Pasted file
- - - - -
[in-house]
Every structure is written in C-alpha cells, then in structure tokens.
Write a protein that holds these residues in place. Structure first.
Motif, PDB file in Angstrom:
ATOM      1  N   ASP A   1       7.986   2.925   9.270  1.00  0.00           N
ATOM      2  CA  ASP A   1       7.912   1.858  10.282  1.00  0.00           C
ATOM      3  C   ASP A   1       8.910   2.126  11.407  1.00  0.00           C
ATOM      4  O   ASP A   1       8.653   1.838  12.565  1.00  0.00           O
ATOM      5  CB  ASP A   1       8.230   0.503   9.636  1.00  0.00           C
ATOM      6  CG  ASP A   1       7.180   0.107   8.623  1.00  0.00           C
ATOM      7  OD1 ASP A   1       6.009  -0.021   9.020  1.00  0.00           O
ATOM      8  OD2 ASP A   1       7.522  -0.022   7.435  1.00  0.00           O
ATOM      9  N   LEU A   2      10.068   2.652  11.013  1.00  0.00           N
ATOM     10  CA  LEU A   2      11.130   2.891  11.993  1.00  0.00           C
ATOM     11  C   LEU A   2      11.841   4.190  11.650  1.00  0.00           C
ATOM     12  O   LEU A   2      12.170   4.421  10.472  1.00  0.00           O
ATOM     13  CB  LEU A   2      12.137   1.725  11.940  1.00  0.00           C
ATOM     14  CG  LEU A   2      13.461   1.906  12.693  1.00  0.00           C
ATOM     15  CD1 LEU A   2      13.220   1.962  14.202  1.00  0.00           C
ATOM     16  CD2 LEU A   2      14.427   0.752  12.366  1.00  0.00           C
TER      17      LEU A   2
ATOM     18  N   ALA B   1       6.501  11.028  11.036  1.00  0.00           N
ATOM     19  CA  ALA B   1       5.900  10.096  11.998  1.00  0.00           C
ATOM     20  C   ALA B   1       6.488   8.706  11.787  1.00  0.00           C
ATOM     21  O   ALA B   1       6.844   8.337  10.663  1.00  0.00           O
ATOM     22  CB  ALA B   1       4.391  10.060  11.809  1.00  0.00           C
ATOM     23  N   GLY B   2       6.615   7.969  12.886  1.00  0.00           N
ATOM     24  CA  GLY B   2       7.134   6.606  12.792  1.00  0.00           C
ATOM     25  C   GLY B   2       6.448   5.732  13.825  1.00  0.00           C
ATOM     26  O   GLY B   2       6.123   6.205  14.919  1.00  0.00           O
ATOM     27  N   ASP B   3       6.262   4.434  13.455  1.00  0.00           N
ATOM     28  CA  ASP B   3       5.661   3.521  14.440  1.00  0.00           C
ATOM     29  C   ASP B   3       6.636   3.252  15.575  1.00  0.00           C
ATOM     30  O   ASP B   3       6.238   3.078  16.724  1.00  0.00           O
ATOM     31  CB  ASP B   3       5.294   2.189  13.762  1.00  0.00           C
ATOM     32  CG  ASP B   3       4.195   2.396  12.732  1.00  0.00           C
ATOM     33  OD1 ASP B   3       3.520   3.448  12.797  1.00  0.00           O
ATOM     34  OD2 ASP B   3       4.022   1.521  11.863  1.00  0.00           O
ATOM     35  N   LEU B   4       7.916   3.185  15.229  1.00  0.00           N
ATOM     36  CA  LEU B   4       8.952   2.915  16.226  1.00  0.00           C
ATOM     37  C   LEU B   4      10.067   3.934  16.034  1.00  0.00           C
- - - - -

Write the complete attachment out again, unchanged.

[in-house]
Every structure is written in C-alpha cells, then in structure tokens.
Write a protein that holds these residues in place. Structure first.
Motif, PDB file in Angstrom:
ATOM      1  N   ASP A   1       7.986   2.925   9.270  1.00  0.00           N
ATOM      2  CA  ASP A   1       7.912   1.858  10.282  1.00  0.00           C
ATOM      3  C   ASP A   1       8.910   2.126  11.407  1.00  0.00           C
ATOM      4  O   ASP A   1       8.653   1.838  12.565  1.00  0.00           O
ATOM      5  CB  ASP A   1       8.230   0.503   9.636  1.00  0.00           C
ATOM      6  CG  ASP A   1       7.180   0.107   8.623  1.00  0.00           C
ATOM      7  OD1 ASP A   1       6.009  -0.021   9.020  1.00  0.00           O
ATOM      8  OD2 ASP A   1       7.522  -0.022   7.435  1.00  0.00           O
ATOM      9  N   LEU A   2      10.068   2.652  11.013  1.00  0.00           N
ATOM     10  CA  LEU A   2      11.130   2.891  11.993  1.00  0.00           C
ATOM     11  C   LEU A   2      11.841   4.190  11.650  1.00  0.00           C
ATOM     12  O   LEU A   2      12.170   4.421  10.472  1.00  0.00           O
ATOM     13  CB  LEU A   2      12.137   1.725  11.940  1.00  0.00           C
ATOM     14  CG  LEU A   2      13.461   1.906  12.693  1.00  0.00           C
ATOM     15  CD1 LEU A   2      13.220   1.962  14.202  1.00  0.00           C
ATOM     16  CD2 LEU A   2      14.427   0.752  12.366  1.00  0.00           C
TER      17      LEU A   2
ATOM     18  N   ALA B   1       6.501  11.028  11.036  1.00  0.00           N
ATOM     19  CA  ALA B   1       5.900  10.096  11.998  1.00  0.00           C
ATOM     20  C   ALA B   1       6.488   8.706  11.787  1.00  0.00           C
ATOM     21  O   ALA B   1       6.844   8.337  10.663  1.00  0.00           O
ATOM     22  CB  ALA B   1       4.391  10.060  11.809  1.00  0.00           C
ATOM     23  N   GLY B   2       6.615   7.969  12.886  1.00  0.00           N
ATOM     24  CA  GLY B   2       7.134   6.606  12.792  1.00  0.00           C
ATOM     25  C   GLY B   2       6.448   5.732  13.825  1.00  0.00           C
ATOM     26  O   GLY B   2       6.123   6.205  14.919  1.00  0.00           O
ATOM     27  N   ASP B   3       6.262   4.434  13.455  1.00  0.00           N
ATOM     28  CA  ASP B   3       5.661   3.521  14.440  1.00  0.00           C
ATOM     29  C   ASP B   3       6.636   3.252  15.575  1.00  0.00           C
ATOM     30  O   ASP B   3       6.238   3.078  16.724  1.00  0.00           O
ATOM     31  CB  ASP B   3       5.294   2.189  13.762  1.00  0.00           C
ATOM     32  CG  ASP B   3       4.195   2.396  12.732  1.00  0.00           C
ATOM     33  OD1 ASP B   3       3.520   3.448  12.797  1.00  0.00           O
ATOM     34  OD2 ASP B   3       4.022   1.521  11.863  1.00  0.00           O
ATOM     35  N   LEU B   4       7.916   3.185  15.229  1.00  0.00           N
ATOM     36  CA  LEU B   4       8.952   2.915  16.226  1.00  0.00           C
ATOM     37  C   LEU B   4      10.067   3.934  16.034  1.00  0.00           C